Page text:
Mr. Raymond Lobo of Light House, Mooduhithlu, Kadandale has given me permission to write to you on his behalf as I am looking into the problem with the property which he had leased to you free of cost, but which he had revoked as the leased property was not managed to his satisfaction as per the agreement.

According to the records, the Original Power of Attorney and Caretaker Agreement which were cancelled and revoked by him in August of 2008 have not been returned to Mr. Lobo by you till date. 

Could you please confirm if you have done so or not?

If you have not yet done so, could I know when you intend to do so?

Thanking you,

for Angela Marie Mendonza

Joe Pereira
Sent: May 14, 2009 12:50 PM
Angela did you not get this? frjoe

From: Joe Pereira <> To: Angela Mendonza <>; Linus Pinto <> Cc: Kripa Darc <> Sent: Wednesday, 13 May, 2009 14:02:55

Dear Linus,

The ghost of this sick man Raymond is still hanging over us.
Please reply to this Angela and let her know the details of our finalising the return of the property. If as she says he needs some documents, please have them given to her.

All’s well with our centres in Europe. Will get a better response inspite of the econonic crisis. Unlike Raymond Lobo as the Nation gave me the Padma award so God is affirming our work all over the world.

God bless him, fr.joe

Sent: May 14, 2009 1:57 PM

Subject: reply to your letter to Fr Joe To:

Dear Ms Angela
I take this opportunity to write to you on Behalf of Fr Joe who is currently out of Country
Mr Raymond was called twice to collect the Document by our Centre Manager Mr Paul D’souza. Since he failed to do so these document are still with Paul D’Souza at Mangalore. 83.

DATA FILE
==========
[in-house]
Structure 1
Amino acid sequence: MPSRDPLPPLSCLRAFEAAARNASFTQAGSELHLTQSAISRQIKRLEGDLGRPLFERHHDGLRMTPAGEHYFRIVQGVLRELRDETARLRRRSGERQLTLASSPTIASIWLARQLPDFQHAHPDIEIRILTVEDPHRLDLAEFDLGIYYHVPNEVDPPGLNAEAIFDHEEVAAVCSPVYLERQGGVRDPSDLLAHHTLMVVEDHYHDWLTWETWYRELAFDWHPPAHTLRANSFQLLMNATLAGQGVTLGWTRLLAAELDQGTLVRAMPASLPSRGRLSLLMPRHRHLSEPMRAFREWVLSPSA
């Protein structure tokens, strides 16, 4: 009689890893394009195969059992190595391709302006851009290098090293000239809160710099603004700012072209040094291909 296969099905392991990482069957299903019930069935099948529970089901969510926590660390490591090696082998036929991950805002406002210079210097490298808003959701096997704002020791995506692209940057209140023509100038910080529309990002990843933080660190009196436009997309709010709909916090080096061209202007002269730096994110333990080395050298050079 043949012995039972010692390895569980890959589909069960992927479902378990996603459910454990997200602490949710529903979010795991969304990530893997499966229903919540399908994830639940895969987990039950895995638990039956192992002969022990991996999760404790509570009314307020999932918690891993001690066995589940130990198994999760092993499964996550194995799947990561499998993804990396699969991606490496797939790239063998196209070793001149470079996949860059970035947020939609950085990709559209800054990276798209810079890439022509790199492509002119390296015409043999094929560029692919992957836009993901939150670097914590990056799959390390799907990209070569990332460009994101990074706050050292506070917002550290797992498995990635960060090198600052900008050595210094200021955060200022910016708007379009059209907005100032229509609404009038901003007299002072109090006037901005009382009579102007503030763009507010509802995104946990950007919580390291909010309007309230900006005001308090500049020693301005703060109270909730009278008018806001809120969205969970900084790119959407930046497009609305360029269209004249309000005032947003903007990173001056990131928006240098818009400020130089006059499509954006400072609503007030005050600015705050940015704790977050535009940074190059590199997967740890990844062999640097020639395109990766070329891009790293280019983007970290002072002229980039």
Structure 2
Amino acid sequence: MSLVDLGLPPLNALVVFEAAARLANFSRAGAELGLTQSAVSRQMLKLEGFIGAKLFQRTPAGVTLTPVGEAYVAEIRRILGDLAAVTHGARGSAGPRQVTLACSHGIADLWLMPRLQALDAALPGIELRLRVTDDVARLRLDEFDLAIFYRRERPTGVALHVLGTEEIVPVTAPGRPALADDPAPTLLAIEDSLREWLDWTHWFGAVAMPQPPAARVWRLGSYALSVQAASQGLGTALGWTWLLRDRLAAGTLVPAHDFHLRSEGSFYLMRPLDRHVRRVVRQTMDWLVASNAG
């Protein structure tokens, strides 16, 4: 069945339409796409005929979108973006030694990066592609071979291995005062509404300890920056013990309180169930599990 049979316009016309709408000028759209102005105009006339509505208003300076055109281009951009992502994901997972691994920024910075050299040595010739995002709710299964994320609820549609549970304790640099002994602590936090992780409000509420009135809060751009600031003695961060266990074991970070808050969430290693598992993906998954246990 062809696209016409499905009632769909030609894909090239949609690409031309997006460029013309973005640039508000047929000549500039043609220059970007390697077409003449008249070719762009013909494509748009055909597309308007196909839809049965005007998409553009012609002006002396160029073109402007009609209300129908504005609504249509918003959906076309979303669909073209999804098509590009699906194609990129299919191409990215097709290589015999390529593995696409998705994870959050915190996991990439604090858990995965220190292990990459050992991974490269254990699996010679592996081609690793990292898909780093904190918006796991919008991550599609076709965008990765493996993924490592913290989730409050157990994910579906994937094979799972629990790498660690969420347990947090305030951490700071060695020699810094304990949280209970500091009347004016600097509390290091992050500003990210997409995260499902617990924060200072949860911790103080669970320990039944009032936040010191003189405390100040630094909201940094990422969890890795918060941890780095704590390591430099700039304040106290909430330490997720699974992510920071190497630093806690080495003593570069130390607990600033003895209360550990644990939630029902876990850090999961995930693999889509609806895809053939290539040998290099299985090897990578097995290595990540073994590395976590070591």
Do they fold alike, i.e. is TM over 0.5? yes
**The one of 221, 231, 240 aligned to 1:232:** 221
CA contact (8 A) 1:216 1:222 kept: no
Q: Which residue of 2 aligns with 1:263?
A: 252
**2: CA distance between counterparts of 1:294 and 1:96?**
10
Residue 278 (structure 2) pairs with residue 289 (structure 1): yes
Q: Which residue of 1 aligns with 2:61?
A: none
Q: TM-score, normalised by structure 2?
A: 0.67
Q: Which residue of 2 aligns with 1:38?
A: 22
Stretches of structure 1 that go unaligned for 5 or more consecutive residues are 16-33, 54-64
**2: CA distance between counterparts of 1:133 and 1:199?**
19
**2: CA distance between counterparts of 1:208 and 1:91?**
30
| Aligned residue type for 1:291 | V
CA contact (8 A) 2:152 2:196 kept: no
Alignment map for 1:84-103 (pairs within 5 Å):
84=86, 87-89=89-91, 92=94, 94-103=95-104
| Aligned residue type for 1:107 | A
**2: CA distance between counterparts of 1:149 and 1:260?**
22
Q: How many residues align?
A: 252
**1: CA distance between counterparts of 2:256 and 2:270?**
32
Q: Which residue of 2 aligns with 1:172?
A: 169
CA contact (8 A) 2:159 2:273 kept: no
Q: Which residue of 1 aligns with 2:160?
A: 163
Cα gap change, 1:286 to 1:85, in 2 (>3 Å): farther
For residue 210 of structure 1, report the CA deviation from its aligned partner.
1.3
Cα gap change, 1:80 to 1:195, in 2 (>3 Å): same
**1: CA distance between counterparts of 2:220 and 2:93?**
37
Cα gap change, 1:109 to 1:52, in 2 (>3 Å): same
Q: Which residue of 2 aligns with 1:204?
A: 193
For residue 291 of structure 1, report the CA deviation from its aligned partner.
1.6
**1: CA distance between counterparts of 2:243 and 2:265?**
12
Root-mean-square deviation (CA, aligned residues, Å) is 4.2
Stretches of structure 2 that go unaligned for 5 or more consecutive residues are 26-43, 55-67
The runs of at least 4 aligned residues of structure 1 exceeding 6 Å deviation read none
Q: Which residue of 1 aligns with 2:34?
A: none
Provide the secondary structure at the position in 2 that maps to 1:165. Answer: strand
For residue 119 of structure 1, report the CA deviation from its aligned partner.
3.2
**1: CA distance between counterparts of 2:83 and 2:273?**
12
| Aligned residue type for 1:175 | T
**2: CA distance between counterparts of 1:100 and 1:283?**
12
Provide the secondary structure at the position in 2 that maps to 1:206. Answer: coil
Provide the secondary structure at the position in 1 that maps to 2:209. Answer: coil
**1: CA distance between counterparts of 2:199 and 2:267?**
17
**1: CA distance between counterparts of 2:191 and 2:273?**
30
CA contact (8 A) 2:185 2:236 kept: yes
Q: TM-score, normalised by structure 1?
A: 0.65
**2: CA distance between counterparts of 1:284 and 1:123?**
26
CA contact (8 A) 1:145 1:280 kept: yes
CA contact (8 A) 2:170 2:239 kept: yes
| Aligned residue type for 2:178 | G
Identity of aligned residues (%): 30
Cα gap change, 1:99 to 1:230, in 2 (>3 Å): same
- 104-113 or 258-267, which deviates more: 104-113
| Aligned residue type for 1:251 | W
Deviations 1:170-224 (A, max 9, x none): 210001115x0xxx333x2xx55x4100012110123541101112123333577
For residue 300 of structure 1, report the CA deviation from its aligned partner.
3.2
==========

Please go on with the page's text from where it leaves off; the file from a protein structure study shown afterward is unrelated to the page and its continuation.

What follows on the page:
You can carry Authority Letter given by Mr Raymond to you to collect the Same from Mr Paul D’souza in Mangalore.
Mr Paul can be contacted on his Mobile No9880064223. 
The Centre Address is as under Kripa Foundation National Highway No 17 Coconut Garden
Nantoor Mangalore 575002 Tel No 0824 2418942 Thanks Regards Linus

From: Angela Mendonza <>
Date: Thu, 14 May 2009 16:08:20 +0530 Subject: Re: MR. RAYMOND LOBO’s PROPERTY LEASED TO KRIPA FOUNDATION
Praise the Lord! Thanks very much, Linus and Fr. Joe. I have advised Mr. Raymond Lobo to collect the original documents himself from the Kripa centre. I am writing on behalf of my husband who is preparing a detailed report on Kripa Foundation. During our research we came upon information that properties in Mangalore and in Goa were being donated to Kripa Foundation.

Mr. Lobo has given us copies of many abusive email letters written and signed by Fr. Joe when Mr. Lobo simply pointed out as the legal owner that his property leased to Kripa was not being managed to his satisfaction, and requested it back from you, well within his legal rights.

Considering that you are not only a Catholic priest but also a yoga master, it appears from the correspondence that you have shown little peaceful tolerance to Mr. Lobo, who was your benefactor, especially by repeatedly and unnecessarily denigrating his charismatic spirituality and calling him degrading names.